To comply with leading AML regulations, companies must ensure their KYB processes are leveraging highly reliable data that covers firmographic, business health, and compliance data. Critical details to check and report include business addresses, licenses, registrations, and identification documents of ultimate business owners. Additionally, businesses and individuals should undergo scrutiny against AML, sanctions, and Politically Exposed Persons (PEPs) lists. 

Accurate data is crucial for corporations to avoid approving illegitimate businesses or mistakenly turning away legitimate customers. Static databases with aggregated entity information may not be sufficient for robust entity verification, and self-reported data from companies should only be used in conjunction with enhanced due diligence (EDD) procedures and risk analysis. 

Finding a reliable KYB partner with extensive and constantly updated data records is critical to validate as many potential customers as possible. Insufficient or outdated data can lead to falsely rejecting applicants, causing businesses to lose out on valuable revenue. At Markaaz, we’ve observed that anywhere from 25-85% of rejected business customers were improperly turned away due to inaccurate data. 

Better business data can validate more customers and lower risk  

A more robust KYB data solution can solve a number of verification challenges, including: 

  • Verifying hard-to-validate business customers: This is especially important for small business customers, which tend to be hard to find and verify against validating data sources, as they tend to be new in business and have a shorter financial history. Often, errors in business data sources are due to simple errors. You need a business data provider that has the breadth of data and constantly updated records to ensure that new businesses, or those whose data dynamically change, do not incorrectly pass your verification checks or are falsely rejected.  
  • Automating identity verification: Instead of relying on manual checks, integrated, automated solutions verify the identity of businesses in real time against validating data sources and provide complete and accurate views of ownership, structure, locations, and more.  
  • Customized approval parameters: Set your onboarding decisioning parameters to your business’s custom requirements. Rather than a one-size-fits-all approach, flexible providers allow you to apply a set of configurable data rules to assess the unique risk factors of each business relationship. This way, you can verify and approve the businesses that you want to work with.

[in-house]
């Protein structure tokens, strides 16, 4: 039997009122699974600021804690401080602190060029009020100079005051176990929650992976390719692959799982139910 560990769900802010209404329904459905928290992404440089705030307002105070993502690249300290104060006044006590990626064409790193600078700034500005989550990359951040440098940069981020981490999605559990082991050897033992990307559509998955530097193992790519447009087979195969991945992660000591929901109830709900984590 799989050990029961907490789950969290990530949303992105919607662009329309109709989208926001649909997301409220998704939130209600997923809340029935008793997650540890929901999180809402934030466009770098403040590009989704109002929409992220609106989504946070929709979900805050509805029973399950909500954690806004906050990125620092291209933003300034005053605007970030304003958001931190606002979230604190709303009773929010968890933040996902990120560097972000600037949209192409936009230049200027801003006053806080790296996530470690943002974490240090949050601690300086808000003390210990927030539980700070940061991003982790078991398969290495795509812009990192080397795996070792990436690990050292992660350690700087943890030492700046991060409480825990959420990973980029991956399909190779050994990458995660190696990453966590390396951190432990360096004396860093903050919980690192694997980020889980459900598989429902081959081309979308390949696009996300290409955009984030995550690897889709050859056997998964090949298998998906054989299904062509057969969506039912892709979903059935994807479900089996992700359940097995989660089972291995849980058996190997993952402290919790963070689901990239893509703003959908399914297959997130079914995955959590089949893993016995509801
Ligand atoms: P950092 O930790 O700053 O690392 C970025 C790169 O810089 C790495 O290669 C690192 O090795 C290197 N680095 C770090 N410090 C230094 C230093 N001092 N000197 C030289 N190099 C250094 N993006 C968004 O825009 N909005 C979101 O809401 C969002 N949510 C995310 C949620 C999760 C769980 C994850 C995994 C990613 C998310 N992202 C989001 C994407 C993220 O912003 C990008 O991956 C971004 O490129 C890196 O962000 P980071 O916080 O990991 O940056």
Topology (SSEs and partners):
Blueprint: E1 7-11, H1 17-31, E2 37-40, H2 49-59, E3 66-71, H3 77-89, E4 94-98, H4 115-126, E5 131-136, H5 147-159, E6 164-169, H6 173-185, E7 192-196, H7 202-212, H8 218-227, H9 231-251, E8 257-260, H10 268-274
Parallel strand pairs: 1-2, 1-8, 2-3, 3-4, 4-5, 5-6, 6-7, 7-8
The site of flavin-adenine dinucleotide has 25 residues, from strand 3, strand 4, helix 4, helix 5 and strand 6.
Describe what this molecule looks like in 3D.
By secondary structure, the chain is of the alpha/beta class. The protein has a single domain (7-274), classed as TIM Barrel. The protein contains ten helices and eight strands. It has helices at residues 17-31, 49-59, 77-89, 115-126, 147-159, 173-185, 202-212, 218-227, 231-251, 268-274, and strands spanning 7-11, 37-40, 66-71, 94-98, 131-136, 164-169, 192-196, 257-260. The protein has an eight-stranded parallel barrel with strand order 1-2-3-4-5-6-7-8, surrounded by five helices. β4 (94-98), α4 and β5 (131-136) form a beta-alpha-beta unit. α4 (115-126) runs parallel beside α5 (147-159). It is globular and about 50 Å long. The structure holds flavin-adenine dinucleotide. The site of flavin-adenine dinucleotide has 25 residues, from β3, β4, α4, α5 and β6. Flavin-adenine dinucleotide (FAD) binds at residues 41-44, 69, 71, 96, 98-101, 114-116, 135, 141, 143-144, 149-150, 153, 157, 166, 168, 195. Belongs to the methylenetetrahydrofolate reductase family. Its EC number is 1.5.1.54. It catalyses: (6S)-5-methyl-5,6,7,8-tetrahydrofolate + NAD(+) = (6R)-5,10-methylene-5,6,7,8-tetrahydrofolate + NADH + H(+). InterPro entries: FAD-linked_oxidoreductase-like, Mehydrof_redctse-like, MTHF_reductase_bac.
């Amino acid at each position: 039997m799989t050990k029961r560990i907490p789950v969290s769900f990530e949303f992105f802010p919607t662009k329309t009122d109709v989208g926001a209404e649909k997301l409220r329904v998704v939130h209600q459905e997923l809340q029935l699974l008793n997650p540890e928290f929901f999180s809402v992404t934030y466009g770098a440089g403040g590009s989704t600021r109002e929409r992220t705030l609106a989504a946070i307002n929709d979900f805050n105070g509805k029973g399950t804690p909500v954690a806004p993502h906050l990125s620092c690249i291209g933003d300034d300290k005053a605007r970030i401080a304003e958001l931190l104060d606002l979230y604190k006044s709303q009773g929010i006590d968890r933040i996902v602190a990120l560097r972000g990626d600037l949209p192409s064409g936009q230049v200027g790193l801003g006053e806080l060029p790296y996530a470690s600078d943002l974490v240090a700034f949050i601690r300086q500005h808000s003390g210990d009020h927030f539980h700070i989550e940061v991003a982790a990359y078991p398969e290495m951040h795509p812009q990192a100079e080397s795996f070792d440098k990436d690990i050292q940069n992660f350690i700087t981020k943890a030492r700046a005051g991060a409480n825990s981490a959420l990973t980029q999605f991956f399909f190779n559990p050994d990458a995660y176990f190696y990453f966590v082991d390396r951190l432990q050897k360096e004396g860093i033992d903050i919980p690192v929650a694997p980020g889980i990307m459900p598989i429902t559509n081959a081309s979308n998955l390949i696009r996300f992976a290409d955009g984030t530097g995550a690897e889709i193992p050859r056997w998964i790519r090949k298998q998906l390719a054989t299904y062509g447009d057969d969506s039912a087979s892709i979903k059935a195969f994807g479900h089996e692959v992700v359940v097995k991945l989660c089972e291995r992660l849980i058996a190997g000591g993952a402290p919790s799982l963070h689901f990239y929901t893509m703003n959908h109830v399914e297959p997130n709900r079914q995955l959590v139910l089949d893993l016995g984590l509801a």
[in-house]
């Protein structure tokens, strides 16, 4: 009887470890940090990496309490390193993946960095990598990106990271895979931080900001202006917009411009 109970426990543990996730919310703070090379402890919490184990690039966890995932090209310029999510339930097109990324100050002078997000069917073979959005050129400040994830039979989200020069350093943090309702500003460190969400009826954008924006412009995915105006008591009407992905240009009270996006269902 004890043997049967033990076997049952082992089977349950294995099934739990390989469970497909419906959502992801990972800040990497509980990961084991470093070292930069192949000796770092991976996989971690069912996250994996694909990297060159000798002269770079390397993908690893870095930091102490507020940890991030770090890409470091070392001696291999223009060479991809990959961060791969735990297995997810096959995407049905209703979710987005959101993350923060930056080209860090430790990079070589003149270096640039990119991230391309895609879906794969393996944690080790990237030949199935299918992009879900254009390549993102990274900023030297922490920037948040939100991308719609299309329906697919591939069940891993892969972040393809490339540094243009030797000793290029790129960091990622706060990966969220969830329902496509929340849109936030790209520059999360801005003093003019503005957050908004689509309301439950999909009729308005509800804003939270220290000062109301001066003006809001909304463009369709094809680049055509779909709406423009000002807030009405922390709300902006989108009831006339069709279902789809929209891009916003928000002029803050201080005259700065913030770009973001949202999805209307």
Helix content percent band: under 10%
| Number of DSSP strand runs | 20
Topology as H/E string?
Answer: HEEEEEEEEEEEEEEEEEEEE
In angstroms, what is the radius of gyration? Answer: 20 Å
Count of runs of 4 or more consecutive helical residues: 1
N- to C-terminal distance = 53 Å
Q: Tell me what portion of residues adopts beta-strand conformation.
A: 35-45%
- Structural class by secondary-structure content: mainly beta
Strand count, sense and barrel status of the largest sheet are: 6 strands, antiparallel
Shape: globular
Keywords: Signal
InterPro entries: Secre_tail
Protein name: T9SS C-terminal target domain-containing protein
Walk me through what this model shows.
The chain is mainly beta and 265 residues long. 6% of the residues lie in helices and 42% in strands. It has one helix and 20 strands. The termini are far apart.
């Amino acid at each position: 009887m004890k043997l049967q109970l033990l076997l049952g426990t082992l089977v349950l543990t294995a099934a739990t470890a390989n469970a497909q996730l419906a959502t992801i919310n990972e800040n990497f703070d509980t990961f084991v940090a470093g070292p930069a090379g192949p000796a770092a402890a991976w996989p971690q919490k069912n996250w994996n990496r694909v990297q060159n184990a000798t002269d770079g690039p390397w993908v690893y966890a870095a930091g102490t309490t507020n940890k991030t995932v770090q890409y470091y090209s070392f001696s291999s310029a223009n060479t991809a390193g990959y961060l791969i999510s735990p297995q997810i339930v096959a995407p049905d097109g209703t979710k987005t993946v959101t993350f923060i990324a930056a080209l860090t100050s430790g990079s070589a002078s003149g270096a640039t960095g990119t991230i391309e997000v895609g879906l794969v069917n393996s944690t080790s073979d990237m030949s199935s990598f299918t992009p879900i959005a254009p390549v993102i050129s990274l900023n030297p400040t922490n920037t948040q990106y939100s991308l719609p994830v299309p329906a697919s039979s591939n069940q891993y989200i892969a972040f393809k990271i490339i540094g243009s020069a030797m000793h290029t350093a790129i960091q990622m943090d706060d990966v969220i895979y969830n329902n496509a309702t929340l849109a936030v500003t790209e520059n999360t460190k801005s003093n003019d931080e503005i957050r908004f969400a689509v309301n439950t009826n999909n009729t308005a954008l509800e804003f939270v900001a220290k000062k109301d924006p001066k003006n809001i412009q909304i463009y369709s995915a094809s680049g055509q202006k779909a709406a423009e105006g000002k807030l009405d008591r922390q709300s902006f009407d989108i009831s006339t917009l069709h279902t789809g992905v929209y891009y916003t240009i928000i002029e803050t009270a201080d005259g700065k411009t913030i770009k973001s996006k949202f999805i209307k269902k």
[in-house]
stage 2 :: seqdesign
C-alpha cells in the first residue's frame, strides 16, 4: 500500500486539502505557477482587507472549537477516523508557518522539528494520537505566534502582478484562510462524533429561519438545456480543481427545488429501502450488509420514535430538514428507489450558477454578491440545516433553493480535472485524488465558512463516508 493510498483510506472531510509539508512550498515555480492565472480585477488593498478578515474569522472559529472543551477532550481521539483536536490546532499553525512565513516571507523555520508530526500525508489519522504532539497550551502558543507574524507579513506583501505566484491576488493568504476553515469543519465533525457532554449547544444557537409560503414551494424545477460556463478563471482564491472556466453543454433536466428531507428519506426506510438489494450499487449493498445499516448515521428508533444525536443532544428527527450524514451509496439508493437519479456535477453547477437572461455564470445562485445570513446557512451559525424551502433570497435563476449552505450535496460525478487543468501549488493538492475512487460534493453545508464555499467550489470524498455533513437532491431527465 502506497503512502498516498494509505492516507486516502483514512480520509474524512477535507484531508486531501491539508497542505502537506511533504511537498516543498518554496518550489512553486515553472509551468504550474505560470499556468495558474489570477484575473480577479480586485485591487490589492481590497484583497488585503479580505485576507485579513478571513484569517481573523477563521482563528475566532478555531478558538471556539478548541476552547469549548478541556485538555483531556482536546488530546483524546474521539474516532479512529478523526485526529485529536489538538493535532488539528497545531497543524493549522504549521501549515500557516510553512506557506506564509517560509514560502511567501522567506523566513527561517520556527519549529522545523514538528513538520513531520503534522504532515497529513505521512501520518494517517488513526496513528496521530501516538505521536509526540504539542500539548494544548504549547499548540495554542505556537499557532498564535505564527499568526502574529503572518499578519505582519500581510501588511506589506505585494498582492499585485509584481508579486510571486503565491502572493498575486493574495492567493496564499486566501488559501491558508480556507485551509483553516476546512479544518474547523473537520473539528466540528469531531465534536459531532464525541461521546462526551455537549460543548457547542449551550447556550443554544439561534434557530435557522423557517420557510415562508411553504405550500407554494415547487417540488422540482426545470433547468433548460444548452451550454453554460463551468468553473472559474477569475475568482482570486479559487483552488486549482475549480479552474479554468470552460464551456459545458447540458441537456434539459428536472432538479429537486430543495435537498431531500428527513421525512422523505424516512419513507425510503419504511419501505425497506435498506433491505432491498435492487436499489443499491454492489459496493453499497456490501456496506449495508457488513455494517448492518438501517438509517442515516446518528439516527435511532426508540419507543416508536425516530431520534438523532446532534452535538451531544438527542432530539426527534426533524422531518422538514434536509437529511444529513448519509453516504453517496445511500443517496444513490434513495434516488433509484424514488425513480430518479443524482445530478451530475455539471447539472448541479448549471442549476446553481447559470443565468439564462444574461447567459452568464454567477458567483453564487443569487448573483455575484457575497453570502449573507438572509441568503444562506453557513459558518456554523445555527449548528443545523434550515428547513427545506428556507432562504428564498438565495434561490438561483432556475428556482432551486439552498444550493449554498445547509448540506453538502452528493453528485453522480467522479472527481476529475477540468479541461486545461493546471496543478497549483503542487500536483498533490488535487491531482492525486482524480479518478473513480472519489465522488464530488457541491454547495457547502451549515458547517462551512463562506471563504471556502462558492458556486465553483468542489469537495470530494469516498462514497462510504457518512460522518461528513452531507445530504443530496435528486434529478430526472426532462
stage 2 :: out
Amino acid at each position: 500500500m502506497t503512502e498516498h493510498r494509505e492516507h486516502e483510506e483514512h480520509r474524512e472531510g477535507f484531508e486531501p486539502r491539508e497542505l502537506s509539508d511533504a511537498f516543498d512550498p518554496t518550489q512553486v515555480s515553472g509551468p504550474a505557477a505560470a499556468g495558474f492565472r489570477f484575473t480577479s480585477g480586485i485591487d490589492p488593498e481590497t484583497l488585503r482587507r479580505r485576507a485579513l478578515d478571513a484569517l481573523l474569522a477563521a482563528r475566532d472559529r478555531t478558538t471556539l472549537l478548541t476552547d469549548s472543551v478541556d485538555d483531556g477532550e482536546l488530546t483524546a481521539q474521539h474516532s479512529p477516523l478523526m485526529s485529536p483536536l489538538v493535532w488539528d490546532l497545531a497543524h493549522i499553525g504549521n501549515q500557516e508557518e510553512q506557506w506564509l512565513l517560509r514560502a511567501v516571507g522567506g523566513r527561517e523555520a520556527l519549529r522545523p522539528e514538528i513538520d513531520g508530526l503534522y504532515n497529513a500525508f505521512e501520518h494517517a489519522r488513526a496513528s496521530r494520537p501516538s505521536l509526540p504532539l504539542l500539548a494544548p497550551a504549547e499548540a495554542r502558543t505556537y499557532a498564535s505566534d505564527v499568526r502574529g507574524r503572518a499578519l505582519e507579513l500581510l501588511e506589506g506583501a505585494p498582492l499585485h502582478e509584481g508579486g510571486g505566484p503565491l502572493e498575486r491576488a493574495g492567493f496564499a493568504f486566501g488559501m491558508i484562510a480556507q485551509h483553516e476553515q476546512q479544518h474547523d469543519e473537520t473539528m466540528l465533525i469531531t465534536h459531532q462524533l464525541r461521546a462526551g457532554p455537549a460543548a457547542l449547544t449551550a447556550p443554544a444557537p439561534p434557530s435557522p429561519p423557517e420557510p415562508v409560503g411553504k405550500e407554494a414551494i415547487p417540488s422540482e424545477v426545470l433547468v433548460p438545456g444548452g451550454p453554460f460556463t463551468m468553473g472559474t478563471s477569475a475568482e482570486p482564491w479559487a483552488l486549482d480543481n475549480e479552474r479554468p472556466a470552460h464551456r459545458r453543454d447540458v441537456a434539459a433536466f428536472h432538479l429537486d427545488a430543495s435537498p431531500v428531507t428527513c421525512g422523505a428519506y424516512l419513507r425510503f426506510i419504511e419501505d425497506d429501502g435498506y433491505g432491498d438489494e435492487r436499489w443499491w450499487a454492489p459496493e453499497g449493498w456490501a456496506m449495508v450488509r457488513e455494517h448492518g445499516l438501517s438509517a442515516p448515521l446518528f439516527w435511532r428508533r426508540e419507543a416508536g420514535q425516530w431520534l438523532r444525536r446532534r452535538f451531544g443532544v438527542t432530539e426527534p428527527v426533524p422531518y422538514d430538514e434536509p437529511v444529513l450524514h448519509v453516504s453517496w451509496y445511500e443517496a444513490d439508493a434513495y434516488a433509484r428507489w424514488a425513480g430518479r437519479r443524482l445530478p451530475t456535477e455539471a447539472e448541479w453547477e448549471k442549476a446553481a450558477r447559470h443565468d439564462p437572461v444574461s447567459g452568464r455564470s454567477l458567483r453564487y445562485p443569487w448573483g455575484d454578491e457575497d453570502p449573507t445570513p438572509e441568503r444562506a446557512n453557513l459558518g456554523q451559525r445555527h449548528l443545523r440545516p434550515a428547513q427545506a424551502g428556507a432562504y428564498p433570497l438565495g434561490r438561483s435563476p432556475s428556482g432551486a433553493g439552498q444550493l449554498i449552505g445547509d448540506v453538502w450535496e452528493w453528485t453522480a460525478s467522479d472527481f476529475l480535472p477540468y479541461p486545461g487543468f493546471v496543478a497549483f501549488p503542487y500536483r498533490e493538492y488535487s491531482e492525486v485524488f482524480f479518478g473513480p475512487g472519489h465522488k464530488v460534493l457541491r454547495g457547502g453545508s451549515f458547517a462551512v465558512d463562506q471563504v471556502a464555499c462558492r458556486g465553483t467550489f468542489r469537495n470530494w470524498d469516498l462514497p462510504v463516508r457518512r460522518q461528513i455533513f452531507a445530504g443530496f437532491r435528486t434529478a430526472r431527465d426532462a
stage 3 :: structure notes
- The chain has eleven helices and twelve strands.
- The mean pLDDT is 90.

• Better regulatory compliance: The Financial Action Task Force (FATF), EU, the UK, and other jurisdictions are enacting stricter KYB requirements. Advanced solutions ensure all regulatory bases are covered and that your business stays updated as regulations evolve. Updated data ensures that dynamic changes on AML, sanctions lists, and politically exposed persons (PEPs) are not missed due to out-of-date records.  
  • Ongoing monitoring: Simply verifying a business at onboarding is not enough. Continuous monitoring even after onboarding enables the early detection of changes that may impact risk profiles. This includes screening against watchlists, identifying new affiliations, and flagging adverse media reports.

To be fully effective, business verification data must be integrated into workflows beyond just the compliance team. Most customers need customized services/integrations with different providers to get the best results. 

Bringing better business data to your company’s KYB workflows 

Markaaz offers unparalleled business data, especially for hard-to-verify small and medium-sized businesses (SMBs), empowering enterprises to effectively manage risk and meet business verification requirements. With our extensive Markaaz Directory, comprising over 300 million global small business records, onboarding small business customers and making well-informed risk decisions on business customers has never been easier. 

Our comprehensive small business data includes firmographics, business health, credit information, and essential compliance data, all sourced from multiple sources to ensure a thorough analysis of your potential business customers. Leveraging our proprietary matching algorithms and flexible integration technology, we achieve better data accuracy and faster verification to power more confident business customer onboarding. 

Explore our business verification services and collaborate with our team to test a sample of your customer portfolio. See how we confidently verify more businesses, especially hard-to-validate small businesses.